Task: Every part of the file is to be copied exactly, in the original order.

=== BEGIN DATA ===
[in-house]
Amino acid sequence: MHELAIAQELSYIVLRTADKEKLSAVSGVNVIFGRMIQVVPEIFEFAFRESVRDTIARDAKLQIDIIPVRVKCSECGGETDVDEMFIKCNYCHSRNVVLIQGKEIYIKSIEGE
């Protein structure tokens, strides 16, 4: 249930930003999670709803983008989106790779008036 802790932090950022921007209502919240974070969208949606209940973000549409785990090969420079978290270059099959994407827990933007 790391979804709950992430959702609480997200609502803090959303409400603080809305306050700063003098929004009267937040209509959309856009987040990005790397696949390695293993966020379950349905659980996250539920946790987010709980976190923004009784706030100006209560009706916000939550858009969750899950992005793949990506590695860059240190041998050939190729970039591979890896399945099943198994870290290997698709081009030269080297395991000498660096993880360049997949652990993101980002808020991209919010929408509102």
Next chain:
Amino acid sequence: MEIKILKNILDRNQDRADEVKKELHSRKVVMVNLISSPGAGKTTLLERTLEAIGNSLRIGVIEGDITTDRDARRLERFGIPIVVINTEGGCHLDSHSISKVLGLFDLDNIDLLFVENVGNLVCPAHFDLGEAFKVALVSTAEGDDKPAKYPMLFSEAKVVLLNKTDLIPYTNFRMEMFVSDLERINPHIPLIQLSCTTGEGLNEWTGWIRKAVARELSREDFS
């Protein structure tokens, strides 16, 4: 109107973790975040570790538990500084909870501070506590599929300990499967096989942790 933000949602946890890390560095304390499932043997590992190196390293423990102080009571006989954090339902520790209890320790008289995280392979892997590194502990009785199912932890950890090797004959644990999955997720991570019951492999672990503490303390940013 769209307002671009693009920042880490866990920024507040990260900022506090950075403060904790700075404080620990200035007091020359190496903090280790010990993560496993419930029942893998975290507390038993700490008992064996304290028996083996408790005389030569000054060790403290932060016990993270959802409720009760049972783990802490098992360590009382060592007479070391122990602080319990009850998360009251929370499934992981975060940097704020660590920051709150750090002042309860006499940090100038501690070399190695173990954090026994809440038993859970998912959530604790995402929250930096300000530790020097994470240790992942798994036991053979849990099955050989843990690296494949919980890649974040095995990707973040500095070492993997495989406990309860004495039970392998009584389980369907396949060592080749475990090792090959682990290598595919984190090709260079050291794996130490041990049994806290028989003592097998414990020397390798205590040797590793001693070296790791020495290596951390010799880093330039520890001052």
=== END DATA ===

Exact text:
[in-house]
Amino acid sequence: MHELAIAQELSYIVLRTADKEKLSAVSGVNVIFGRMIQVVPEIFEFAFRESVRDTIARDAKLQIDIIPVRVKCSECGGETDVDEMFIKCNYCHSRNVVLIQGKEIYIKSIEGE
């Protein structure tokens, strides 16, 4: 249930930003999670709803983008989106790779008036 802790932090950022921007209502919240974070969208949606209940973000549409785990090969420079978290270059099959994407827990933007 790391979804709950992430959702609480997200609502803090959303409400603080809305306050700063003098929004009267937040209509959309856009987040990005790397696949390695293993966020379950349905659980996250539920946790987010709980976190923004009784706030100006209560009706916000939550858009969750899950992005793949990506590695860059240190041998050939190729970039591979890896399945099943198994870290290997698709081009030269080297395991000498660096993880360049997949652990993101980002808020991209919010929408509102």
Next chain:
Amino acid sequence: MEIKILKNILDRNQDRADEVKKELHSRKVVMVNLISSPGAGKTTLLERTLEAIGNSLRIGVIEGDITTDRDARRLERFGIPIVVINTEGGCHLDSHSISKVLGLFDLDNIDLLFVENVGNLVCPAHFDLGEAFKVALVSTAEGDDKPAKYPMLFSEAKVVLLNKTDLIPYTNFRMEMFVSDLERINPHIPLIQLSCTTGEGLNEWTGWIRKAVARELSREDFS
């Protein structure tokens, strides 16, 4: 109107973790975040570790538990500084909870501070506590599929300990499967096989942790 933000949602946890890390560095304390499932043997590992190196390293423990102080009571006989954090339902520790209890320790008289995280392979892997590194502990009785199912932890950890090797004959644990999955997720991570019951492999672990503490303390940013 769209307002671009693009920042880490866990920024507040990260900022506090950075403060904790700075404080620990200035007091020359190496903090280790010990993560496993419930029942893998975290507390038993700490008992064996304290028996083996408790005389030569000054060790403290932060016990993270959802409720009760049972783990802490098992360590009382060592007479070391122990602080319990009850998360009251929370499934992981975060940097704020660590920051709150750090002042309860006499940090100038501690070399190695173990954090026994809440038993859970998912959530604790995402929250930096300000530790020097994470240790992942798994036991053979849990099955050989843990690296494949919980890649974040095995990707973040500095070492993997495989406990309860004495039970392998009584389980369907396949060592080749475990090792090959682990290598595919984190090709260079050291794996130490041990049994806290028989003592097998414990020397390798205590040797590793001693070296790791020495290596951390010799880093330039520890001052």